This article is from the archive of our partner .

Neil LaBute is not known as a particularly nice playwright—his vitriol is like a reflex. So when a critic wrote a callous review of his latest Reasons to Be Happy, LaBute jumped straight into the online comments section to chastise him. 

Time Out New York's David Cote gave LaBute a two-star review in which he wrote

If Neil LaBute were to teach a course on playwriting, I bet his lesson plan would look something like this: “Week 1: Dumbing down characters to pad out dialogue and pump up conflict.” “Week 2: “Stringing together two-person scenes, no matter how monotonous it gets.” “Week 3: Embracing flat, shallow protagonists whose poor life choices are both predictable and banal.” And finally, “Week 12: Blasting tracks by Nirvana during changes to simulate tension and edginess.” Luckily, there is no Professor LaBute, so we’re not overrun with relationship clunkers such as Reasons to Be Happy.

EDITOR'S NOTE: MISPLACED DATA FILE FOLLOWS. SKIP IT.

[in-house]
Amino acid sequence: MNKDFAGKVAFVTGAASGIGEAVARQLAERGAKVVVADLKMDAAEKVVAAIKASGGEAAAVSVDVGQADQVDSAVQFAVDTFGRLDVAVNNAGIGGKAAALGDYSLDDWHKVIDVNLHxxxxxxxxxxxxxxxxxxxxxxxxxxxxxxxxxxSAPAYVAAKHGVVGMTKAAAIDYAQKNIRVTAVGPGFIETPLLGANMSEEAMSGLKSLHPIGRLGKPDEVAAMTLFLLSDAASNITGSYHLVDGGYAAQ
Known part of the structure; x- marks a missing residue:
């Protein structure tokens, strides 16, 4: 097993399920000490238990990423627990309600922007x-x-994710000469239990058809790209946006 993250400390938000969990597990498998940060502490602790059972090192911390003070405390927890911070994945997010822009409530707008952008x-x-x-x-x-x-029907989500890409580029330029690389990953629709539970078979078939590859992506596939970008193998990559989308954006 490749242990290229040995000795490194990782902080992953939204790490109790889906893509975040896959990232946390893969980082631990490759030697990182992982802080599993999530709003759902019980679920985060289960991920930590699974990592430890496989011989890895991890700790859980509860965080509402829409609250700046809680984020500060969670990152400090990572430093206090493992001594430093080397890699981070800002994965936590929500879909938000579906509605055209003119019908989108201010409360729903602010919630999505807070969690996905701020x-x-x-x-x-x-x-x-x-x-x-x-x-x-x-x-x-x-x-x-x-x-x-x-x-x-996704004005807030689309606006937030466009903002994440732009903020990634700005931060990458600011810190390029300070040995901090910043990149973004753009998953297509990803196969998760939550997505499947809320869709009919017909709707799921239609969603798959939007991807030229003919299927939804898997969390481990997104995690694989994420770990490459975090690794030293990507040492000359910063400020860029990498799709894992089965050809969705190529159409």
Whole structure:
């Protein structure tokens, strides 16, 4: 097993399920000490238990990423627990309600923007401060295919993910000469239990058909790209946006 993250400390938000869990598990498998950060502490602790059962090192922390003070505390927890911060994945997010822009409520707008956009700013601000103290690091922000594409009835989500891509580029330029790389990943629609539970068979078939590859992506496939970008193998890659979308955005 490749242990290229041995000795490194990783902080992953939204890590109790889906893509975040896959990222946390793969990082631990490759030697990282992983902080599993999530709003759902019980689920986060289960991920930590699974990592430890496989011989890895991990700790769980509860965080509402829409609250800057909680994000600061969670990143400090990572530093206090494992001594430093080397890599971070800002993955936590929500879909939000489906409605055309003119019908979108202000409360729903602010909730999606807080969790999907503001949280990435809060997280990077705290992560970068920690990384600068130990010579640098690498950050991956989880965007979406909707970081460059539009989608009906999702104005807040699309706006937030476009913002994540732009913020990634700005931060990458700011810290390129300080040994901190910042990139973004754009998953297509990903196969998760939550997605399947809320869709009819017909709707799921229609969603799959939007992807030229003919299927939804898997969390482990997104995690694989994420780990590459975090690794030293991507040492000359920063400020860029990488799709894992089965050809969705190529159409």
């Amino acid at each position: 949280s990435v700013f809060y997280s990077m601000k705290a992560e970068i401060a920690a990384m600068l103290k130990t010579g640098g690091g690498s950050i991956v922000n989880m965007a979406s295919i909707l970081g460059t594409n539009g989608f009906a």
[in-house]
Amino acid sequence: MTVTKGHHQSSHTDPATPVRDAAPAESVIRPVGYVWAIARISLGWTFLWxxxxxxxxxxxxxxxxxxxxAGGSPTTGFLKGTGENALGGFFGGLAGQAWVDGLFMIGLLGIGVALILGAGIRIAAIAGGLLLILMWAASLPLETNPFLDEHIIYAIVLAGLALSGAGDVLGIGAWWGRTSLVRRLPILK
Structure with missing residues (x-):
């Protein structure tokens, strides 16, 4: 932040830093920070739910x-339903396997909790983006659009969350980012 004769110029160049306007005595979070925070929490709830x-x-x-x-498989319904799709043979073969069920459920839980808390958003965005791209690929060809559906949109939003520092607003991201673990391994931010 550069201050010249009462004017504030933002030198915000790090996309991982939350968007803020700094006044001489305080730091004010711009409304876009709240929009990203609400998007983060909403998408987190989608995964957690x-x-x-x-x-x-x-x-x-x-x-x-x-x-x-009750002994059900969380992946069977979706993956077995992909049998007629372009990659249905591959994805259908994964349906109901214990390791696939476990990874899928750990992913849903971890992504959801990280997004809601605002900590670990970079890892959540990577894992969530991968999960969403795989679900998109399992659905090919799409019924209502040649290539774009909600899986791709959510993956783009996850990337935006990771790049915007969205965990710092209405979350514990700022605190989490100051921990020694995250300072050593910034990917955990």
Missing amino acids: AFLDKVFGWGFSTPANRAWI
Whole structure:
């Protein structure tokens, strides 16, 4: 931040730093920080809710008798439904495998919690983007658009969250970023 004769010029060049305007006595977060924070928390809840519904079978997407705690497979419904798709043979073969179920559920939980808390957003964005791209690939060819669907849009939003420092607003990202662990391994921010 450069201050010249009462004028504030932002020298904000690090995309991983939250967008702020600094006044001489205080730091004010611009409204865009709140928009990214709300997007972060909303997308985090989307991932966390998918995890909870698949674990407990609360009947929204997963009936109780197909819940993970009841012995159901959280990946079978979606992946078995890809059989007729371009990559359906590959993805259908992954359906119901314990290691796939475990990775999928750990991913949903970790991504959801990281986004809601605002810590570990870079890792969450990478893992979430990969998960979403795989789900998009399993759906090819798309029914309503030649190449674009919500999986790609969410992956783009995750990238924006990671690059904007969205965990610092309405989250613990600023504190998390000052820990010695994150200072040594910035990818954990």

Just 15 minutes after the review went live on the Time Out site, according to TONY's Twitter account, LaBute responded in the comment section: 

LaBute—assuming as we are that it is him, though he's been known to do this before—has both his supporters and detractors in the comments. Someone calling him or herself SM wrote, in part: "As someone who has also been scorned by Cote, I've got to applaud Neil for the balls it took to post that comment. Cote is unnecessarily mean on a regular basis, and has warped the art of critique into something it was never supposed to be." But a commenter called Darnell said: "Neil, I think we all know whose shadow is portly here, and it isn't David Cote's. Many, MANY people find your writing shrill and one dimensional, the queasy rantings of a hack provocateur for the boulevard set." 

So who's in the right here? We, as people who believe in criticism (and not calling people fat), are inclined to think LaBute's response seems awfully mean. But then again we haven't seen the play. Ben Brantley rather liked it. Regardless, Twitter is having fun with this: 

This article is from the archive of our partner The Wire.

We want to hear what you think about this article. Submit a letter to the editor or write to